Reactive traffic control mechanisms for communication networks with self-similar bandwidth demands
Thesis DisciplineElectrical Engineering
Degree GrantorUniversity of Canterbury
Degree NameDoctor of Philosophy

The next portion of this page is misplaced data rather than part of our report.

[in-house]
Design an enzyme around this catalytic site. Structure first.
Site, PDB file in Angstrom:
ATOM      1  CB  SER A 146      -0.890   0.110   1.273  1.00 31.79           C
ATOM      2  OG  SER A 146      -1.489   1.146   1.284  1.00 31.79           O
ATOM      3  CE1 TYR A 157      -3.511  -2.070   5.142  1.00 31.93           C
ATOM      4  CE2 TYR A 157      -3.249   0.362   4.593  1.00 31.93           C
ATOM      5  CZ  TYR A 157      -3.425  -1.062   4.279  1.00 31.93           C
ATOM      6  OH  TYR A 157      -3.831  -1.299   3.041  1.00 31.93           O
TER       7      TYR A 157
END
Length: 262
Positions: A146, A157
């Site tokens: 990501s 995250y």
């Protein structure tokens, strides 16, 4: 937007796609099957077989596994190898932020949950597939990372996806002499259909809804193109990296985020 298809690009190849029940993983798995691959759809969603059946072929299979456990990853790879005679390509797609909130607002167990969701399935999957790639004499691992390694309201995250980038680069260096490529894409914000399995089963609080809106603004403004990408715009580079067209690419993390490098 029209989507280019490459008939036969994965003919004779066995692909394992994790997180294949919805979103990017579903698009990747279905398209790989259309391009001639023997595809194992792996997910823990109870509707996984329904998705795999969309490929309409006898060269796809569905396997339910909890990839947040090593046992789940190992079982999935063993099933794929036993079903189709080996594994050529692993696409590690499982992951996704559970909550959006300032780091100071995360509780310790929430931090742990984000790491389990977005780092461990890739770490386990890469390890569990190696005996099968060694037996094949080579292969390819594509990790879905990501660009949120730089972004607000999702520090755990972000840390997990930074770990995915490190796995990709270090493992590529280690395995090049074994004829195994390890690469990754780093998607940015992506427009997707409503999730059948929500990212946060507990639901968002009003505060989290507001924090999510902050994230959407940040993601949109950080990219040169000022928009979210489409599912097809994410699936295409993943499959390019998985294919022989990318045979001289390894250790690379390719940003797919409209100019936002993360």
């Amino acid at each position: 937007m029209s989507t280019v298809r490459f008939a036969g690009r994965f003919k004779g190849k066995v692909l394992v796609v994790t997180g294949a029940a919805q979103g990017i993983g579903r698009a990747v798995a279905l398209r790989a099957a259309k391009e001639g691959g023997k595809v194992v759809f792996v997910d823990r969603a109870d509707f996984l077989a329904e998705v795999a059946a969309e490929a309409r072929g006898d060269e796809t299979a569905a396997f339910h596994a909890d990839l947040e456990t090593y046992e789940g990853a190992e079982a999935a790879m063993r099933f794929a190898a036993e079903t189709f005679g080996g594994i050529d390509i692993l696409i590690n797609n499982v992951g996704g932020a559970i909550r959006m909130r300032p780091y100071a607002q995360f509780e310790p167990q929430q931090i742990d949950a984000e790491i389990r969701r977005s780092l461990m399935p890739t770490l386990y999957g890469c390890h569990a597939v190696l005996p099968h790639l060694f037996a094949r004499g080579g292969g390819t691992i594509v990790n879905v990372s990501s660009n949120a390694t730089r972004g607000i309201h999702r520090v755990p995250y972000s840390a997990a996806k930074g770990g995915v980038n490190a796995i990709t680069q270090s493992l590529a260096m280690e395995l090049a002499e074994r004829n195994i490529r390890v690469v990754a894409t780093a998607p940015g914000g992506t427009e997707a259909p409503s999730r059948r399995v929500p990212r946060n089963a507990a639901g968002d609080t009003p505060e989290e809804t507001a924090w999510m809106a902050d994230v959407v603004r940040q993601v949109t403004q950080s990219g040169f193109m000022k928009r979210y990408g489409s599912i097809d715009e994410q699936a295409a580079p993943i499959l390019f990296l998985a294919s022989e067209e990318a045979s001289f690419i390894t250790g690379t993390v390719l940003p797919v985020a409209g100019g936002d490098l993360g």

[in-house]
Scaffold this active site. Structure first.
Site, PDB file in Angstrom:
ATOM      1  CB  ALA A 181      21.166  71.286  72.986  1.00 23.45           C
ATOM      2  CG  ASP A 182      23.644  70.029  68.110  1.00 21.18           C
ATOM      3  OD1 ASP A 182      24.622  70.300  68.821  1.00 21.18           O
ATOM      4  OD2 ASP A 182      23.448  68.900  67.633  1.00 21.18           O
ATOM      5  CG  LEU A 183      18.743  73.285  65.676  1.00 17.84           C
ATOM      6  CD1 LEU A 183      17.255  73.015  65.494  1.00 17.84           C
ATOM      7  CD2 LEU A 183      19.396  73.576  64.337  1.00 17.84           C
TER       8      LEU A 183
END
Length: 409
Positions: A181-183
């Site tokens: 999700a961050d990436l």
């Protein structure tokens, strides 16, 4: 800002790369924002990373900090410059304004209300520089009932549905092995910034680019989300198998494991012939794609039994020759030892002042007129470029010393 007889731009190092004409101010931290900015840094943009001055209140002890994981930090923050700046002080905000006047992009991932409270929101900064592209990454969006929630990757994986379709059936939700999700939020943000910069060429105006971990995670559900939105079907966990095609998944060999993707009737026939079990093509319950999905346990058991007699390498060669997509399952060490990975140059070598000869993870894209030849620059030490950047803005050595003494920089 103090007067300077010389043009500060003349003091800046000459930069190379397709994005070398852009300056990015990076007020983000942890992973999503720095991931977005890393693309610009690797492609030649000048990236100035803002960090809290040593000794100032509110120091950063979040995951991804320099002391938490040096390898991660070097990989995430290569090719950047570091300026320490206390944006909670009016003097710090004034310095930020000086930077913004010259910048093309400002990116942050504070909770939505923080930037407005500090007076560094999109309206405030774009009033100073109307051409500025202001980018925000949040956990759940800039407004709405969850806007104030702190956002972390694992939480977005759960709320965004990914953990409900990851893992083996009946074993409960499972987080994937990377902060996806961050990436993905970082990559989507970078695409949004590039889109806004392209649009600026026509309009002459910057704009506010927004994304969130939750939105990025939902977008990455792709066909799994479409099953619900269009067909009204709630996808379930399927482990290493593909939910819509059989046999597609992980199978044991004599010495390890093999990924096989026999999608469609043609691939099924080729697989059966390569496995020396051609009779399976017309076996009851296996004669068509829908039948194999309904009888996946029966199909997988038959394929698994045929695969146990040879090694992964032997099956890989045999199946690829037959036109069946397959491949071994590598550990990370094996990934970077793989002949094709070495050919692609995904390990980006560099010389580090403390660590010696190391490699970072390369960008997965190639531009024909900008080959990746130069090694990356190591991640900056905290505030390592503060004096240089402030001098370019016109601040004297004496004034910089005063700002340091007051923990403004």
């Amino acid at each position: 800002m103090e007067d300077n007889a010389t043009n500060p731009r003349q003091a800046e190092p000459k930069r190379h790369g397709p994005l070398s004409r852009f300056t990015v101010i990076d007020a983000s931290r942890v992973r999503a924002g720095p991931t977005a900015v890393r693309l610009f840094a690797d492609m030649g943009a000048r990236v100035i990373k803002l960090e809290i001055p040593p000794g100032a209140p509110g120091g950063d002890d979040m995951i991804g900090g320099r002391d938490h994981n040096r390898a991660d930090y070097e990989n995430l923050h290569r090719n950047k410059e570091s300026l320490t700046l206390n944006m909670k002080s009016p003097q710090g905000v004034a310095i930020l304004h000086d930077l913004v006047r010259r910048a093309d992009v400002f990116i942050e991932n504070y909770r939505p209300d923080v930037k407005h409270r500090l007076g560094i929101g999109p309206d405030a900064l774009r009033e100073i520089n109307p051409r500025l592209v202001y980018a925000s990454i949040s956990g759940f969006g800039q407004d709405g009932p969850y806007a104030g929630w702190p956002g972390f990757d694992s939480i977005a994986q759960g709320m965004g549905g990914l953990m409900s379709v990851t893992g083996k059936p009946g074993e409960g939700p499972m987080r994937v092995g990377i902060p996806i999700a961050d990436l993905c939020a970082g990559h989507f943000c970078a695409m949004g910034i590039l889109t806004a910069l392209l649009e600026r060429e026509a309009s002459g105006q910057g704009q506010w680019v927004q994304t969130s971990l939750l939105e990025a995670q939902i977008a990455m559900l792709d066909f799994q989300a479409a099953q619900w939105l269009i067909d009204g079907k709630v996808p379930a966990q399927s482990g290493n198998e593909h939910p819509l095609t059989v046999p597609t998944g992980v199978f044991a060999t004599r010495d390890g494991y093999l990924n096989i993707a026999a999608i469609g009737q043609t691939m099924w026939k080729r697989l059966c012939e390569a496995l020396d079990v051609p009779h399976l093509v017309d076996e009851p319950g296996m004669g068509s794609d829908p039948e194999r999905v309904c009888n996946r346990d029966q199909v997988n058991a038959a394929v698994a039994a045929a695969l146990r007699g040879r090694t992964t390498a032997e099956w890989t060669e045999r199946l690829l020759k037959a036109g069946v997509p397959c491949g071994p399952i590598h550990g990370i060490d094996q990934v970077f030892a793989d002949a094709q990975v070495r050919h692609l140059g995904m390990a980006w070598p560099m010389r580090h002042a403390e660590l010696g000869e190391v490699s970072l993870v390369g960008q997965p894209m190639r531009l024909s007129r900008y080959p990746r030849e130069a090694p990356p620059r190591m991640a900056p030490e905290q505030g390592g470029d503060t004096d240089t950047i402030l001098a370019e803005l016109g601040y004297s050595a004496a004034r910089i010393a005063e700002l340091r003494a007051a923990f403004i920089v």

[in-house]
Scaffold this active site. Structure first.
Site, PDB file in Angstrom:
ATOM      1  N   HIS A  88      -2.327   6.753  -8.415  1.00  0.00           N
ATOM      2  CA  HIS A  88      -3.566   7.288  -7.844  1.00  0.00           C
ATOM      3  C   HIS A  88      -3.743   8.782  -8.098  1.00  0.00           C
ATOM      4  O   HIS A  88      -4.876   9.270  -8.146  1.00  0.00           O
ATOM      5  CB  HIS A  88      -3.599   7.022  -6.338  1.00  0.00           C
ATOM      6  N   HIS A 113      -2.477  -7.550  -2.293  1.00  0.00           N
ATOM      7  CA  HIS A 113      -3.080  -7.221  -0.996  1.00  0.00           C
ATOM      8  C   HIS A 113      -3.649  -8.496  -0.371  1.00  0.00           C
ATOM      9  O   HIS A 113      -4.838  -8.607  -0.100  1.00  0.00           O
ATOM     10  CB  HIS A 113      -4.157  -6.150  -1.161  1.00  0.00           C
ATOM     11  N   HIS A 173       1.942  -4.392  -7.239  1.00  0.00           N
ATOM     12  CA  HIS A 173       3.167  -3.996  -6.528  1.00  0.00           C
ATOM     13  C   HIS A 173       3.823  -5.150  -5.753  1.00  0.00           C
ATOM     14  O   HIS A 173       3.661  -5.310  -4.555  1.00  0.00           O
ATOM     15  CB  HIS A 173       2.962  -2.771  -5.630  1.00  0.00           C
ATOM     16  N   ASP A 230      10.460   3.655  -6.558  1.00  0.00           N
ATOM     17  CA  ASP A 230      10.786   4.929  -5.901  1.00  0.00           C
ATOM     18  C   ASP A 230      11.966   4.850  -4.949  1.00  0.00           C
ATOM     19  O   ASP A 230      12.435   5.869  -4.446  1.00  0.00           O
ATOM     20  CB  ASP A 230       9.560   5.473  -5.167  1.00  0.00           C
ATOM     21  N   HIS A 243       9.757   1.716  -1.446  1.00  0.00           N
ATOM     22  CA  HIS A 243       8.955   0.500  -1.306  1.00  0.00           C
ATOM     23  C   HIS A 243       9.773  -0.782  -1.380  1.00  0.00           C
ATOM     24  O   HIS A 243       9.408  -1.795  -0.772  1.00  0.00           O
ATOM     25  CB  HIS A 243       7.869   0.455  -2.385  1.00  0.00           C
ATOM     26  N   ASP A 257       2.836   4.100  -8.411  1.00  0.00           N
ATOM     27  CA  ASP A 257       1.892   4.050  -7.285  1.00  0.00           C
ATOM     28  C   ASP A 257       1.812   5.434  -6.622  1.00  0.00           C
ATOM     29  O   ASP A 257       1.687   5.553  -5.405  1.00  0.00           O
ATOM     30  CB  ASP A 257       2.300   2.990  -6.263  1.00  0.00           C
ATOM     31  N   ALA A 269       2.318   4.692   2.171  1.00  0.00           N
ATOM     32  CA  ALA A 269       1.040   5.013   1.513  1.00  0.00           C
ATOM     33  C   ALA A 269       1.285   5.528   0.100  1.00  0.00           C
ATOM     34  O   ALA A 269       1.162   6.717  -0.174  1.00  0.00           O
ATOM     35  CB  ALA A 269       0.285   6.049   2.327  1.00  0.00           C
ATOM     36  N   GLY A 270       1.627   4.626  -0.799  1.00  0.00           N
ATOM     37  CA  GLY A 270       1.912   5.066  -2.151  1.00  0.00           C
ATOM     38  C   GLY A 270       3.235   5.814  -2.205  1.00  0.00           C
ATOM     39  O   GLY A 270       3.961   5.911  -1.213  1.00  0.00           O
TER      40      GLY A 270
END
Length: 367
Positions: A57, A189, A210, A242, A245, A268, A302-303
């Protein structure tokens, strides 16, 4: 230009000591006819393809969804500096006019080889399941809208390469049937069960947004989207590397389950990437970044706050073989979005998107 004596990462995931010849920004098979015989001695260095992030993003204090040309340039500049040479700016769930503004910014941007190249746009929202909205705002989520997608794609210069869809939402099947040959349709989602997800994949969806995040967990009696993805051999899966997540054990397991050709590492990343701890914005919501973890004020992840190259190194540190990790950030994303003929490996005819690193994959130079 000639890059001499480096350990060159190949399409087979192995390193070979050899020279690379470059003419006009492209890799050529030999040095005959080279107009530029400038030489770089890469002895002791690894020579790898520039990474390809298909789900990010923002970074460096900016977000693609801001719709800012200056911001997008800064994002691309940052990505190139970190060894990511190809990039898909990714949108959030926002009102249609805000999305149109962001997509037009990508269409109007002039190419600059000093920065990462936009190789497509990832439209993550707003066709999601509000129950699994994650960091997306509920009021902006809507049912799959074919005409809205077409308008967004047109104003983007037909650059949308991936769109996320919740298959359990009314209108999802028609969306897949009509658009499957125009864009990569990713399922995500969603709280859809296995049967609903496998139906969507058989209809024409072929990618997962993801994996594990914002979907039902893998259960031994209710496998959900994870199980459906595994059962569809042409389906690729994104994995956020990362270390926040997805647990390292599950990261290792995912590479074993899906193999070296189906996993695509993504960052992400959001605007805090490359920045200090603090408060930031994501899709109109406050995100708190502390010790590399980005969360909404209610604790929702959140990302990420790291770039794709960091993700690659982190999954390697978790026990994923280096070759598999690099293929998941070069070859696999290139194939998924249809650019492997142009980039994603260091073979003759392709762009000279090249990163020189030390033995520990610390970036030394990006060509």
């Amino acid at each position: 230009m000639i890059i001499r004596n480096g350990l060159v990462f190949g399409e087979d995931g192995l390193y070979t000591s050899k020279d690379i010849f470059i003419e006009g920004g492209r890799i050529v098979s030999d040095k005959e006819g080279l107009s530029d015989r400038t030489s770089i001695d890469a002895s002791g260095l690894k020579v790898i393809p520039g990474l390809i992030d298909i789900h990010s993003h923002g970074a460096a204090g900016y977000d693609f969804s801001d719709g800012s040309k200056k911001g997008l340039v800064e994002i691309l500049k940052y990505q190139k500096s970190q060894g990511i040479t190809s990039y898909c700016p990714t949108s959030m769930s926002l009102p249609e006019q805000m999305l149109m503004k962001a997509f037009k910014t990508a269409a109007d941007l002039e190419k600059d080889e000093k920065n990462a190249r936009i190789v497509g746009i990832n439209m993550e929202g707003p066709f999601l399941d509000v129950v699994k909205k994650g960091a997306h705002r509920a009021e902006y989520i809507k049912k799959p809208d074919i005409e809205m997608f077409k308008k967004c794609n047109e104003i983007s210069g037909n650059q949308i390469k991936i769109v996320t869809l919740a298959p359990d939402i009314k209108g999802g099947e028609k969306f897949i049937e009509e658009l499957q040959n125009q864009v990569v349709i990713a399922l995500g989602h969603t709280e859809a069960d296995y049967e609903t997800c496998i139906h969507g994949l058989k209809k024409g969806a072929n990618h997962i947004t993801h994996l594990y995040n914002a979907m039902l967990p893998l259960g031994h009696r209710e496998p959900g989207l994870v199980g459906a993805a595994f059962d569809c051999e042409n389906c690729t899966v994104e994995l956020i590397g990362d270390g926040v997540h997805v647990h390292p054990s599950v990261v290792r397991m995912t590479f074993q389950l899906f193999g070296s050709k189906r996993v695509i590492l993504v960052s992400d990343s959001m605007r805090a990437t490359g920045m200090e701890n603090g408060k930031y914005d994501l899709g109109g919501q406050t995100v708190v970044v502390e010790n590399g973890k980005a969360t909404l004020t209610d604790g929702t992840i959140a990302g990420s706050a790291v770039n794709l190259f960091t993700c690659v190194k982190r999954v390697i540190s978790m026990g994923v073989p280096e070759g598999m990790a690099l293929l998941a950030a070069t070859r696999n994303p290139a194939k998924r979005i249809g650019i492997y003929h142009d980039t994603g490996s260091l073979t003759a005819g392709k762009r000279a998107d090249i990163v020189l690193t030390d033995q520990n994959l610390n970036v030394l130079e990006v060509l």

Communication network architectures are in the process of being redesigned so that many different services are integrated within the same network. Due to this integration, traffic management algorithms need to balance the requirements of the traffic which the algorithms are directly controlling with Quality of Service (QoS) requirements of other classes of traffic which will be encountered in the network. Of particular interest is one class of traffic, termed elastic traffic, that responds to dynamic feedback from the network regarding the amount of available resources within the network. Examples of this type of traffic include the Available Bit Rate (ABR) service in Asynchronous Transfer Mode (ATM) networks and connections using Transmission Control Protocol (TCP) in the Internet. Both examples aim to utilise available bandwidth within a network. Reactive traffic management, like that which occurs in the ABR service and TCP, depends explicitly on the dynamic bandwidth requirements of other traffic which is currently using the network. In particular, there is significant evidence that a wide range of network traffic, including Ethernet, World Wide Web, Varible Bit Rate video and signalling traffic, is self-similar. The term self-similar refers to the particular characteristic of network traffic to remain bursty over a wide range of time scales. A closely associated characteristic of self-similar traffic is its long-range dependence (LRD), which refers to the significant correlations that occur with the traffic. By utilising these correlations, greater predictability of network traffic can be achieved, and hence the performance of reactive traffic management algorithms can be enhanced. A predictive rate control algorithm, called PERC (Predictive Explicit Rate Control), is proposed in this thesis which is targeted to the ABR service in ATM networks. By incorporating the LRD stochastic structure of background traffic, measurements of the bandwidth requirements of background traffic, and the delay associated with a particular ABR connection, a predictive algorithm is defined which provides explicit rate information that is conveyed to ABR sources. An enhancement to PERC is also described. This algorithm, called PERC+, uses previous control information to correct prediction errors that occur for connections with larger round-trip delay. These algorithms have been extensively analysed with regards to their network performance, and simulation results show that queue lengths and cell loss rates are significantly reduced when these algorithms are deployed. An adaptive version of PERC has also been developed using real-time parameter estimates of self-similar traffic. This has excellent performance compared with standard ABR rate control algorithms such as ERICA. Since PERC and its enhancement PERC+ have explicitly utilised the index of self-similarity, known as the Hurst parameter, the sensitivity of these algorithms to this parameter can be determined analytically. Research work described in this thesis shows that the algorithms have an asymmetric sensitivity to the Hurst parameter, with significant sensitivity in the region where the parameter is underestimated as being close to 0.5. Simulation results reveal the same bias in the performance of the algorithm with regards to the Hurst parameter. In contrast, PERC is insensitive to estimates of the mean, using the sample mean estimator, and estimates of the traffic variance, which is due to the algorithm primarily utilising the correlation structure of the traffic to predict future bandwidth requirements. Sensitivity analysis falls into the area of investigative research, but it naturally leads to the area of robust control, where algorithms are designed so that uncertainty in traffic parameter estimation or modelling can be accommodated. An alternative robust design approach, to the standard maximum entropy approach, is proposed in this thesis that uses the maximum likelihood function to develop the predictive rate controller. The likelihood function defines the proximity of a specific traffic model to the traffic data, and hence gives a measure of the performance of a chosen model. Maximising the likelihood function leads to optimising robust performance, and it is shown, through simulations, that the system performance is close to the optimal performance as compared with maximising the spectral entropy. There is still debate regarding the influence of LRD on network performance. This thesis also considers the question of the influence of LRD on traffic predictability, and demonstrates that predictive rate control algorithms that only use short-term correlations have close performance to algorithms that utilise long-term correlations. It is noted that predictors based on LRD still out-perform ones which use short-term correlations, but that there is Potential simplification in the design of predictors, since traffic predictability can be achieved using short-term correlations. This thesis forms a substantial contribution to the understanding of control in the case where self-similar processes form part of the overall system. Rather than doggedly pursuing self-similar control, a broader view has been taken where the performance of algorithms have been considered from a number of perspectives. A number of different research avenues lead on from this work, and these are outlined.